2) What b1121 mentions about sodium and low carbohydrate diet -- as I understand it this is more related to what Fenderbender talks about relative to Acidity/Alkalinity of food. Protein is more acidic (as are breads and cheeses) and these acidic foods will "leach" electrolytes from your system. Sodium is one of those, but calcium, magnesium, and others are also leached. You need to replace all of these in your diet. I posted about the foods that help the most on this thread: http://forum.whole9life.com/topic/6783-severe-leg-pains-after-long-run/page__view__findpost__p__66472

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http://forum.whole9l...after-long-run/

A lot already posted on this topic:

Make sure you are well fueled the day before a long run by eating sweet potato,squash etc with meals and are recovered properly..... Once the tank is empty, no way to fill it back up during a run

Also, like many others, I needed to really take my training back a few notches when first starting W30.... It's a lot for your body to get used to.... By week 3-4 you should be really reaping the benefits

Good luck

Thankyou! I had read that other thread, but wasn't sure if it was a different problem due to the cramps happening while I ran. Have been doing all I can to up the amount of veggies I have, so will hopefully reap the rewards of that on this weekend's run!

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What b1121 mentions about sodium and low carbohydrate diet -- as I understand it this is more related to what Fenderbender talks about relative to Acidity/Alkalinity of food. Protein is more acidic (as are breads and cheeses) and these acidic foods will "leach" electrolytes from your system. Sodium is one of those, but calcium, magnesium, and others are also leached. You need to replace all of these in your diet.

My understanding is that apart from sodium the main concerns are calcium, magnesium and potassium.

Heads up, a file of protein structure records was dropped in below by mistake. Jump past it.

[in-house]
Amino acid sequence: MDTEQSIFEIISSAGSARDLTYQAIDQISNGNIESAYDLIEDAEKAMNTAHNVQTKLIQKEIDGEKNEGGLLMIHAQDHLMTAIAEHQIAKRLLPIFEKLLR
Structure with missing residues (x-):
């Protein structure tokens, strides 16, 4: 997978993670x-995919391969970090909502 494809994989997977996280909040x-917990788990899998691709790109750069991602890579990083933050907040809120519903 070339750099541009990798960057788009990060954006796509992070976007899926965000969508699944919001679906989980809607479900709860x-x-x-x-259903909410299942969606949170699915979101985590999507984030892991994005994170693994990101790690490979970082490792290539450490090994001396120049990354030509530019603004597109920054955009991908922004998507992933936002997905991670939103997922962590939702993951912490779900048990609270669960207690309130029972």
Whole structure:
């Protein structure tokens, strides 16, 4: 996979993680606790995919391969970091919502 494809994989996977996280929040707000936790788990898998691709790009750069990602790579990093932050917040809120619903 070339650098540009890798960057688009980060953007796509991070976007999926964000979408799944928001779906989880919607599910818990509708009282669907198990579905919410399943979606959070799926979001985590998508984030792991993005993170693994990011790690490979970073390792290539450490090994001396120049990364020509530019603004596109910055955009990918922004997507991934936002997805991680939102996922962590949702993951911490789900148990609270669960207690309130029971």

The thing is, potassium is easy to replace. Fruit and vegetables are terrific sources anyway.

Calcium and magnesium? Easy, eat your leafy greens.

But sodium is an easy one to be low in.

It caught up with me in my third week of whole30, manifesting as fatigue and a slight dehydration headache. And I sure was drinking enough! I was incredibly thirsty during the first weeks (which should have been a clue already).

I doubt this would manifest in cramping. Also, I agree that if we balance the protein intake with enough vegetables it should not become a problem in the first place.

But transition is always a difficult time.

And if someone has an electrolyte issue already then it may be a good idea to keep sodium in the back of the head as well.

(A couple of glasses of saltwater were an instant fix for me and I have not had problems since. The thirst of the first few weeks has also disappeared.)

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Same thing just happened to me. I am on day 6 and am also training for my 2nd 1/2 marathon and completely hit a wall today. Pre whole 30 I would workout on an empty stomach almost 100% of the time and be fine. Today I had eaten a good breakfast and lunch and felt like I was having a lactic acid overload!! Let me know if you find anything that helps or if time is all I need

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Thankyou! I had read that other thread, but wasn't sure if it was a different problem due to the cramps happening while I ran. Have been doing all I can to up the amount of veggies I have, so will hopefully reap the rewards of that on this weekend's run!

And, Alice, what you're experiencing appears to be different than what I've had issues with. Mine is not cramping. Example: I did 22 miles last Sunday at just under 8 min pace and ran a substantial negative split for the second 11 miles. I felt strong mentally and physically (zero leg issues) the entire time. As soon as I finished, and within about 5 minutes, I had the issues I experienced after other long runs. Not as bad, but uncomfortable enough. Still searching for the answers... Good luck in your journey.